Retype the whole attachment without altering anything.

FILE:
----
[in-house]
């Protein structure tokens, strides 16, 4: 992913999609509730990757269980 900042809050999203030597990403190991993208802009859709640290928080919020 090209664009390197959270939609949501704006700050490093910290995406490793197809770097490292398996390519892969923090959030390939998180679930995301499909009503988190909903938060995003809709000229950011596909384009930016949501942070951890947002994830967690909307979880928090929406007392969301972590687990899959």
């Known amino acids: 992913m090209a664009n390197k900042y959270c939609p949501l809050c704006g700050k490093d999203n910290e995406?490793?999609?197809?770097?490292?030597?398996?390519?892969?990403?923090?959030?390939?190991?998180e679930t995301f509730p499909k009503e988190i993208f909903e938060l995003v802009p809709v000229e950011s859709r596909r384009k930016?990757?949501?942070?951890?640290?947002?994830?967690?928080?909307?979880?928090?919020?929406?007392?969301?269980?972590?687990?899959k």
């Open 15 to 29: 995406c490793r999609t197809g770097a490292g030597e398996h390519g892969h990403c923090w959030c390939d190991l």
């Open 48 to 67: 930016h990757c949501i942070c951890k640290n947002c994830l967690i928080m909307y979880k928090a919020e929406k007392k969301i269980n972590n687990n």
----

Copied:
[in-house]
């Protein structure tokens, strides 16, 4: 992913999609509730990757269980 900042809050999203030597990403190991993208802009859709640290928080919020 090209664009390197959270939609949501704006700050490093910290995406490793197809770097490292398996390519892969923090959030390939998180679930995301499909009503988190909903938060995003809709000229950011596909384009930016949501942070951890947002994830967690909307979880928090929406007392969301972590687990899959």
């Known amino acids: 992913m090209a664009n390197k900042y959270c939609p949501l809050c704006g700050k490093d999203n910290e995406?490793?999609?197809?770097?490292?030597?398996?390519?892969?990403?923090?959030?390939?190991?998180e679930t995301f509730p499909k009503e988190i993208f909903e938060l995003v802009p809709v000229e950011s859709r596909r384009k930016?990757?949501?942070?951890?640290?947002?994830?967690?928080?909307?979880?928090?919020?929406?007392?969301?269980?972590?687990?899959k």
């Open 15 to 29: 995406c490793r999609t197809g770097a490292g030597e398996h390519g892969h990403c923090w959030c390939d190991l």
């Open 48 to 67: 930016h990757c949501i942070c951890k640290n947002c994830l967690i928080m909307y979880k928090a919020e929406k007392k969301i269980n972590n687990n």